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Beneficiary funds not just for the lower income market

26 July 2011 Fairheads Benefit Services

Retirement fund members need to know more about beneficiary funds as a way of ensuring their minor children’s upkeep and education should they die.

Speaking at a trustee roadshow in Johannesburg, Fairheads CEO Richard Krepelka said there was a perceptionthat beneficiary funds catered for lower income earners but in fact any retirement fund member could consider a beneficiary fund as a cost-effective alternative to a testamentary or inter vivos trust for minor children.

All that retirement fund members need to do is stipulate on their nomination form that the fund’s trustees consider the option of a beneficiary fund when allocating death benefits to minor dependants. At the same time, they should remember to appoint and stipulate a guardian for their minor children in the event of their death.

Members have the right to know the retirement fund’s policy regarding beneficiary funds, including the appointed service provider and information on such funds.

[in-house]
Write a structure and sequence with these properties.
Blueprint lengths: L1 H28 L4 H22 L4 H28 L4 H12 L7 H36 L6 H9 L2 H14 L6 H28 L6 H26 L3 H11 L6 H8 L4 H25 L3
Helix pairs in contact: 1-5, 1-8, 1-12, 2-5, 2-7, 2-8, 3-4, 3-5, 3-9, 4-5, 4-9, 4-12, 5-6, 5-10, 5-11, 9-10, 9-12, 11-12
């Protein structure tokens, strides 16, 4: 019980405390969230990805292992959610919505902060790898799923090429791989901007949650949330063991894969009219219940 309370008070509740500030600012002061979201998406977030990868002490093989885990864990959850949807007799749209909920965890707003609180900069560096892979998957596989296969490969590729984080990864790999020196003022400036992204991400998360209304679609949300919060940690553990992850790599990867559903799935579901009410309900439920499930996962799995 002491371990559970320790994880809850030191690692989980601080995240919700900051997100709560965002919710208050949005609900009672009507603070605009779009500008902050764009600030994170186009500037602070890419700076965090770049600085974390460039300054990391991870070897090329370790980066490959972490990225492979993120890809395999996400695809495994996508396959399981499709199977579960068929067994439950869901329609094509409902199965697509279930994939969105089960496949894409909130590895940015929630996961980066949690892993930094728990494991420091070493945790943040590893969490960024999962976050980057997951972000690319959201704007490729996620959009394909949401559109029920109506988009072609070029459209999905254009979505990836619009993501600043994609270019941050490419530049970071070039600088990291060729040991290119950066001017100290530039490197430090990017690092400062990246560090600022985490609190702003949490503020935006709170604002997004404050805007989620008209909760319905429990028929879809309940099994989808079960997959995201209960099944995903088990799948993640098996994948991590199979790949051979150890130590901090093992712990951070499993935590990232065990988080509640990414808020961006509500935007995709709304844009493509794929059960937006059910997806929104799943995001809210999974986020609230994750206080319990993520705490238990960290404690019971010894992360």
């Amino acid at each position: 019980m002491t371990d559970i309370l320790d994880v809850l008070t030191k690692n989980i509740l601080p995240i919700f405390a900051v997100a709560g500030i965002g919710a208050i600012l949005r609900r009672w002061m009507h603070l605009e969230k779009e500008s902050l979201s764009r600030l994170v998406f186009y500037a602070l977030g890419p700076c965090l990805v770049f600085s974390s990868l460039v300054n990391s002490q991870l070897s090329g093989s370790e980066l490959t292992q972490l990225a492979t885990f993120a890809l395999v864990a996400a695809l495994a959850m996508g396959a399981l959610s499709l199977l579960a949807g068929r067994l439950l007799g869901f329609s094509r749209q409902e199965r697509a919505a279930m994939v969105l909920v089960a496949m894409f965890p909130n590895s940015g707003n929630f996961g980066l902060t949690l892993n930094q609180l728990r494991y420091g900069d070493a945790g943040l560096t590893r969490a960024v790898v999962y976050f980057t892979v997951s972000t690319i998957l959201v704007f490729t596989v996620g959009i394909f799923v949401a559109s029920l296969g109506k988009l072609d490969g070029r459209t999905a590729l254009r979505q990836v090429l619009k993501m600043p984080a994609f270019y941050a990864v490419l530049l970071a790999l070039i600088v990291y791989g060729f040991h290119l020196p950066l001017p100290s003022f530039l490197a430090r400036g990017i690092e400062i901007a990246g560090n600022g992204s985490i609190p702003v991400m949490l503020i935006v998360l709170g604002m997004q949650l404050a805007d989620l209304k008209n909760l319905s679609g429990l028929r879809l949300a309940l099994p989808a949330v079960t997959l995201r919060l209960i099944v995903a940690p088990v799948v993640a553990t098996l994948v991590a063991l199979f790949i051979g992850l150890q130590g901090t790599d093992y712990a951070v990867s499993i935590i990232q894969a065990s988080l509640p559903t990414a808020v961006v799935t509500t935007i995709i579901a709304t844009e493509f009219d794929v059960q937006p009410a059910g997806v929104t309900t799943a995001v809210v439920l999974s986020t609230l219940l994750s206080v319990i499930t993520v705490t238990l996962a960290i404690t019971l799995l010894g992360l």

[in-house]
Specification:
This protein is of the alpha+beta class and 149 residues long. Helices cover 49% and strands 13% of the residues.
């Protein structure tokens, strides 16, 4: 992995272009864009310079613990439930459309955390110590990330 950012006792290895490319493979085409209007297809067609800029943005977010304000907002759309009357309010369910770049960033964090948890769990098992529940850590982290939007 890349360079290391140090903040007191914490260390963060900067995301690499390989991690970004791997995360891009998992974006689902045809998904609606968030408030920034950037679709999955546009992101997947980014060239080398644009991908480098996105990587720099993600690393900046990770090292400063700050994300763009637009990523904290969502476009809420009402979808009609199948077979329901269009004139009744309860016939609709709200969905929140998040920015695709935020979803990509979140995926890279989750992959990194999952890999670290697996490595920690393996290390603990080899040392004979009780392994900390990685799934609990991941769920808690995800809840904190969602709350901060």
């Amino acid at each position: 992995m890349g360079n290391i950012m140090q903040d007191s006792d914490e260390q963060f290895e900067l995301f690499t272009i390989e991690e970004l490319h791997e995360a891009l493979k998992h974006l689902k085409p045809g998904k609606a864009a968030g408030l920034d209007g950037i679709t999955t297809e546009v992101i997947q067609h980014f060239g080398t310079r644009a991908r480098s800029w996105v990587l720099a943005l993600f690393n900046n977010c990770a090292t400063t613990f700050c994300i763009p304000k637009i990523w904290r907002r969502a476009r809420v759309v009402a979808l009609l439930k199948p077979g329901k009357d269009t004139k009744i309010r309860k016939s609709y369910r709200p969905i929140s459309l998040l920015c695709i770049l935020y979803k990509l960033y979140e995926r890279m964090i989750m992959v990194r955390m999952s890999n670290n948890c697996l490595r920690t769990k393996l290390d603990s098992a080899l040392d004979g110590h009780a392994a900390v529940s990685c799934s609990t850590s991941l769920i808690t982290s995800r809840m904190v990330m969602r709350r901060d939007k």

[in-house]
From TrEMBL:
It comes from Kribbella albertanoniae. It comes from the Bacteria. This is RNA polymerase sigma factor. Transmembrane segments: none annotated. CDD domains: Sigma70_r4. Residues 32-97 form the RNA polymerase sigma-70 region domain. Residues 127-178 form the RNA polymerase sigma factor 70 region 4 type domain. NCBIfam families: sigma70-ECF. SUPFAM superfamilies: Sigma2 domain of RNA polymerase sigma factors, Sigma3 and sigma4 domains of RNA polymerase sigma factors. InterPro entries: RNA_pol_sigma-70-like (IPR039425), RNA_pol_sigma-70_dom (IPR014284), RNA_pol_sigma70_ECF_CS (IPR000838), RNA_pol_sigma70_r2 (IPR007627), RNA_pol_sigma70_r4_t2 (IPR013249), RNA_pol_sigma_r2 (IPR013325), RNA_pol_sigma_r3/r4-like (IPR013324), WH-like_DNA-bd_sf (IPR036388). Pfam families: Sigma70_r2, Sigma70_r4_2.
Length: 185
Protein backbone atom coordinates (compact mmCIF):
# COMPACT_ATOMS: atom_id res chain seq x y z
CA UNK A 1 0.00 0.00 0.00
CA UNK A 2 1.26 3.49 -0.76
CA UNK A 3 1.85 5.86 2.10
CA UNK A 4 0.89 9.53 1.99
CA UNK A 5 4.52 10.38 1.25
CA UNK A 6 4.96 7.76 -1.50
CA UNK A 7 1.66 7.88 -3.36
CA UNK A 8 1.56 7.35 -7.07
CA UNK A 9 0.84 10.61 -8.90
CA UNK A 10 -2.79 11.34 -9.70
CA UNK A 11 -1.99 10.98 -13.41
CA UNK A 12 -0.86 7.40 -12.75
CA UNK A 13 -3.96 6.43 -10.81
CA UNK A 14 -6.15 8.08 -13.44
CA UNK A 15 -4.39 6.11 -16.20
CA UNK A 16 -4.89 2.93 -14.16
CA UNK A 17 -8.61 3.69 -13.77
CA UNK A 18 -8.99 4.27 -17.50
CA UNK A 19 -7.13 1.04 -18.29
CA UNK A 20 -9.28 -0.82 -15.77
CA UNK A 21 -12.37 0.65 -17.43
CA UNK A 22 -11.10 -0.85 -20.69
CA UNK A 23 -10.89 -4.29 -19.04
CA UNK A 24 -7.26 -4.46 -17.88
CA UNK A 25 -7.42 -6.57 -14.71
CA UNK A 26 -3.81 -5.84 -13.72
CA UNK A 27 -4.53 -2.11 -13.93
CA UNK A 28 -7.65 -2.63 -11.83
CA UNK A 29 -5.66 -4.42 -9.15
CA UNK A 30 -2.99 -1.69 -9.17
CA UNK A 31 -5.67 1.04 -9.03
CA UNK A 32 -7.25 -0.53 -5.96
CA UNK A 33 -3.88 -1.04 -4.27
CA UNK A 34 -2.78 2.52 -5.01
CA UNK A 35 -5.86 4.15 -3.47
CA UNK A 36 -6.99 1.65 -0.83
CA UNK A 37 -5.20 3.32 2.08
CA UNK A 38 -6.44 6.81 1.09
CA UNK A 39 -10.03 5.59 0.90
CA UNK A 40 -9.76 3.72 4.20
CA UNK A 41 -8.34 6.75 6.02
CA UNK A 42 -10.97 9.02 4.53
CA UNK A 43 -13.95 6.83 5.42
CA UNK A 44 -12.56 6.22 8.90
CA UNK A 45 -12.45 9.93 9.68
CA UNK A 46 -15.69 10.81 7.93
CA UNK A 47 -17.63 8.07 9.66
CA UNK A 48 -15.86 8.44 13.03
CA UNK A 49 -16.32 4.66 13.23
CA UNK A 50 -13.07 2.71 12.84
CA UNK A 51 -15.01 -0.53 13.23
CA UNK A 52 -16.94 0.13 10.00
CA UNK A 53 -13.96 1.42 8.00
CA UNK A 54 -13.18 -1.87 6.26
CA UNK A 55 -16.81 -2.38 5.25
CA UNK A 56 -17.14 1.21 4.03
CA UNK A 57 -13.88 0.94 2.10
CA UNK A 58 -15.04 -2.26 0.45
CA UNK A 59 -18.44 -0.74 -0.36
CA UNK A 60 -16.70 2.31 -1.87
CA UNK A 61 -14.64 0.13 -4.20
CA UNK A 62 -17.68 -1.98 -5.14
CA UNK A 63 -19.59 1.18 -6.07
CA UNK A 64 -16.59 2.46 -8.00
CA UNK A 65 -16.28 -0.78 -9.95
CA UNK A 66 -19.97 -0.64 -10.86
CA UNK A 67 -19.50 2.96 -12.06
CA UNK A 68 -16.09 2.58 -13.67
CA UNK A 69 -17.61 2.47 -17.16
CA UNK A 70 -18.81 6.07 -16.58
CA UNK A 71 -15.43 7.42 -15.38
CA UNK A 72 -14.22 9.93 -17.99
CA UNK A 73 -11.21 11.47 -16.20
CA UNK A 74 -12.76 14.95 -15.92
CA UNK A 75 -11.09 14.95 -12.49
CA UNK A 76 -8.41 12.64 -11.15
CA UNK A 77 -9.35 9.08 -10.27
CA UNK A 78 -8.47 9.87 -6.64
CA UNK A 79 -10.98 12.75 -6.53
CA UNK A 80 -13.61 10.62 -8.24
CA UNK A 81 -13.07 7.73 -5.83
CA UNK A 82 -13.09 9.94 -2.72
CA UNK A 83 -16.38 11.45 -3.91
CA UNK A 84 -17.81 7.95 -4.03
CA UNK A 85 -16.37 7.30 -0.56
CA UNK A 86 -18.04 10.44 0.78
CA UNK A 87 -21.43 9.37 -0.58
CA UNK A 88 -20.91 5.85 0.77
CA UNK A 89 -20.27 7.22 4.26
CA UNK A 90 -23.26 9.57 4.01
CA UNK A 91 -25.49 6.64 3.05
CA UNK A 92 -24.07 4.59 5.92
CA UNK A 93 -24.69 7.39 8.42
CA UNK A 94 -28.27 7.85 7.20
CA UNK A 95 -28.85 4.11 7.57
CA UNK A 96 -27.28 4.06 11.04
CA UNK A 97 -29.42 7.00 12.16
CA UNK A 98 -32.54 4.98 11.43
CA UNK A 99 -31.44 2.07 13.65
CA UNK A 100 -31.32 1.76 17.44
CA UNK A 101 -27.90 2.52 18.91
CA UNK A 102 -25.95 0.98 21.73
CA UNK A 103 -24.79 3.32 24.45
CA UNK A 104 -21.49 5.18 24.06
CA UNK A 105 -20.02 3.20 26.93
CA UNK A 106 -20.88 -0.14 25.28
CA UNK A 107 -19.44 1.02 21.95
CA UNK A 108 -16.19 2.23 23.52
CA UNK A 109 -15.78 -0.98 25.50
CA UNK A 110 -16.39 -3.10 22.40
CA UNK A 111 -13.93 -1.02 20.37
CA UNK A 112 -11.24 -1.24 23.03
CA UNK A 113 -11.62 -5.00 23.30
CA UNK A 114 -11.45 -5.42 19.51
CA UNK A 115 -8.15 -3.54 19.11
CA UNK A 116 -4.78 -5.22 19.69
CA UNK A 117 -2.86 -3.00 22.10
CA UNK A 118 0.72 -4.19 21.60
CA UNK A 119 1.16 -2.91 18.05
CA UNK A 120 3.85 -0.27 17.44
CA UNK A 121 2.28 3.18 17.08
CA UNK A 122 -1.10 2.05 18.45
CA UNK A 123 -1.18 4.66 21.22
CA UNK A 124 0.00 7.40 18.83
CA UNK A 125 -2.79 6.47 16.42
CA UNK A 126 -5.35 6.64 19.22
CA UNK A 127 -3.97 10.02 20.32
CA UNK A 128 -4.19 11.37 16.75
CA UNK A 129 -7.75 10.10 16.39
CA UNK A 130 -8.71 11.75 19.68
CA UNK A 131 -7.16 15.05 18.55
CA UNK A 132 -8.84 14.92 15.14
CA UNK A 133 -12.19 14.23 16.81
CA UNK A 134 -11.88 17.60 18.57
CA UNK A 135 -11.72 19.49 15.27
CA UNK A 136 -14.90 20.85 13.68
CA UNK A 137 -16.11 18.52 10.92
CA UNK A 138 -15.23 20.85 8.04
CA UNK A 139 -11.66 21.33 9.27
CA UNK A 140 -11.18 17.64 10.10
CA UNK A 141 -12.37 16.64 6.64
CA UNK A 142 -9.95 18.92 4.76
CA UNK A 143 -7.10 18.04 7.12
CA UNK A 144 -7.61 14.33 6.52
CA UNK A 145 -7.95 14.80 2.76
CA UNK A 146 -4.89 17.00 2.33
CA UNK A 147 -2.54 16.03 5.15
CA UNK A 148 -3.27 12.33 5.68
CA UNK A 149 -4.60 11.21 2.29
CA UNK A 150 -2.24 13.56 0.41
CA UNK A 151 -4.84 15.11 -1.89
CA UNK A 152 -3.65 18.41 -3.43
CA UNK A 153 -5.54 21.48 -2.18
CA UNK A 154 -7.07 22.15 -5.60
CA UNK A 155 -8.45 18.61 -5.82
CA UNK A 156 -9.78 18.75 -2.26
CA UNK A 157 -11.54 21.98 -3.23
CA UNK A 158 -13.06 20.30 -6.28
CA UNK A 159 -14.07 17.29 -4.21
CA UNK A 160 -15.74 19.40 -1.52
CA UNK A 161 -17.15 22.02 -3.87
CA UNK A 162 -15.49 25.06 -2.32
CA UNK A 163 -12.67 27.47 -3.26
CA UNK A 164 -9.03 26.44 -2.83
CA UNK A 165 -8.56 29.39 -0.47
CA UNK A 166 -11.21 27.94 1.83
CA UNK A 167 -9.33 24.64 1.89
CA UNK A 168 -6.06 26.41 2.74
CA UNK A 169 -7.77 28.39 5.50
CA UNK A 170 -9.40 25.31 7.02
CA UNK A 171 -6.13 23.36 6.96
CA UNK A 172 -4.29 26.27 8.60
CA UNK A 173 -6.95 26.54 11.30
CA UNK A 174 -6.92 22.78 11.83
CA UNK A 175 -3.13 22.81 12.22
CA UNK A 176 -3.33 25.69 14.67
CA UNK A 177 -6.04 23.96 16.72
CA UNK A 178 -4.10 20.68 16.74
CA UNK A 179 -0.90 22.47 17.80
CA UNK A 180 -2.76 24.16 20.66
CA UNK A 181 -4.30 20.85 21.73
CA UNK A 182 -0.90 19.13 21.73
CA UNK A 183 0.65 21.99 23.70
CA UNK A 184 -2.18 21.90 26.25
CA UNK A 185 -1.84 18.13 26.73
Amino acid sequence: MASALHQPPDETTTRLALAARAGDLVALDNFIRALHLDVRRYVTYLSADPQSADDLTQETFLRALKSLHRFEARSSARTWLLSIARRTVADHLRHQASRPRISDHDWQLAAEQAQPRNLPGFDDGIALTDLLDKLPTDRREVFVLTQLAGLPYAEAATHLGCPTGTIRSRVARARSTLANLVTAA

Commenting on costs, Mr Krepelka said that beneficiary funds are umbrella funds and individual member accounts therefore benefit from economies of scale. A beneficiary fund administrator such as Fairheads is able to negotiate favourable rates with tier one banks on account of its size, with some R6.2 billion under administration.

A further advantage of beneficiary funds over testamentary trusts is their tight regulation. Beneficiary funds are governed by the Pension Funds Act, with stringent governance standards such as PF130. They were introduced by government in 2009 as a unique tax-effective South African savings vehicle to accept death benefits in terms of section 37C.

Mr Krepelka said: “Beneficiary fund members have two primary needs: subsistence needs which are met through monthly income payments and other needs such as education which are met largely through capital payments.

“About 75% of all capital payments to our members are related to education and we have thousands of thank-you letters from guardians and beneficiaries reporting their completion of secondary or tertiary education.”

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